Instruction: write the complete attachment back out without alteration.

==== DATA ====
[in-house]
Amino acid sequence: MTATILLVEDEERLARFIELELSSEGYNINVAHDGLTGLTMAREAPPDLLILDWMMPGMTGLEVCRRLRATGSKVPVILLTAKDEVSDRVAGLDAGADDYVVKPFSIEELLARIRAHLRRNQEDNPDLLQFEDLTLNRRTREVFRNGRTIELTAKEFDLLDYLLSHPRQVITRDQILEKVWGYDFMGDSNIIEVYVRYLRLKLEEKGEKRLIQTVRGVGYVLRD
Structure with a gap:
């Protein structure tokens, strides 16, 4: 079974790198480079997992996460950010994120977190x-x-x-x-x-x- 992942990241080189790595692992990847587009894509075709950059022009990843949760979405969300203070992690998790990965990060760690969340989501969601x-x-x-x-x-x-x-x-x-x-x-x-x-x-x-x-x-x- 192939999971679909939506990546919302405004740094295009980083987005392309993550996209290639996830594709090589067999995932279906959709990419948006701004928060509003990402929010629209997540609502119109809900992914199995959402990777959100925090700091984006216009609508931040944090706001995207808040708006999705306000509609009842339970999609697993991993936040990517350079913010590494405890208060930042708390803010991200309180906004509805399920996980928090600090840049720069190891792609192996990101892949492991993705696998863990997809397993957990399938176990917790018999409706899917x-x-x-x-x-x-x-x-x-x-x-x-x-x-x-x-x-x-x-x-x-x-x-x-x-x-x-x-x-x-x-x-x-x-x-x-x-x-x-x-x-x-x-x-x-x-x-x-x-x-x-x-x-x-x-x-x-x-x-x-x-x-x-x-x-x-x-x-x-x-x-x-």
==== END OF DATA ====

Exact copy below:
[in-house]
Amino acid sequence: MTATILLVEDEERLARFIELELSSEGYNINVAHDGLTGLTMAREAPPDLLILDWMMPGMTGLEVCRRLRATGSKVPVILLTAKDEVSDRVAGLDAGADDYVVKPFSIEELLARIRAHLRRNQEDNPDLLQFEDLTLNRRTREVFRNGRTIELTAKEFDLLDYLLSHPRQVITRDQILEKVWGYDFMGDSNIIEVYVRYLRLKLEEKGEKRLIQTVRGVGYVLRD
Structure with a gap:
């Protein structure tokens, strides 16, 4: 079974790198480079997992996460950010994120977190x-x-x-x-x-x- 992942990241080189790595692992990847587009894509075709950059022009990843949760979405969300203070992690998790990965990060760690969340989501969601x-x-x-x-x-x-x-x-x-x-x-x-x-x-x-x-x-x- 192939999971679909939506990546919302405004740094295009980083987005392309993550996209290639996830594709090589067999995932279906959709990419948006701004928060509003990402929010629209997540609502119109809900992914199995959402990777959100925090700091984006216009609508931040944090706001995207808040708006999705306000509609009842339970999609697993991993936040990517350079913010590494405890208060930042708390803010991200309180906004509805399920996980928090600090840049720069190891792609192996990101892949492991993705696998863990997809397993957990399938176990917790018999409706899917x-x-x-x-x-x-x-x-x-x-x-x-x-x-x-x-x-x-x-x-x-x-x-x-x-x-x-x-x-x-x-x-x-x-x-x-x-x-x-x-x-x-x-x-x-x-x-x-x-x-x-x-x-x-x-x-x-x-x-x-x-x-x-x-x-x-x-x-x-x-x-x-």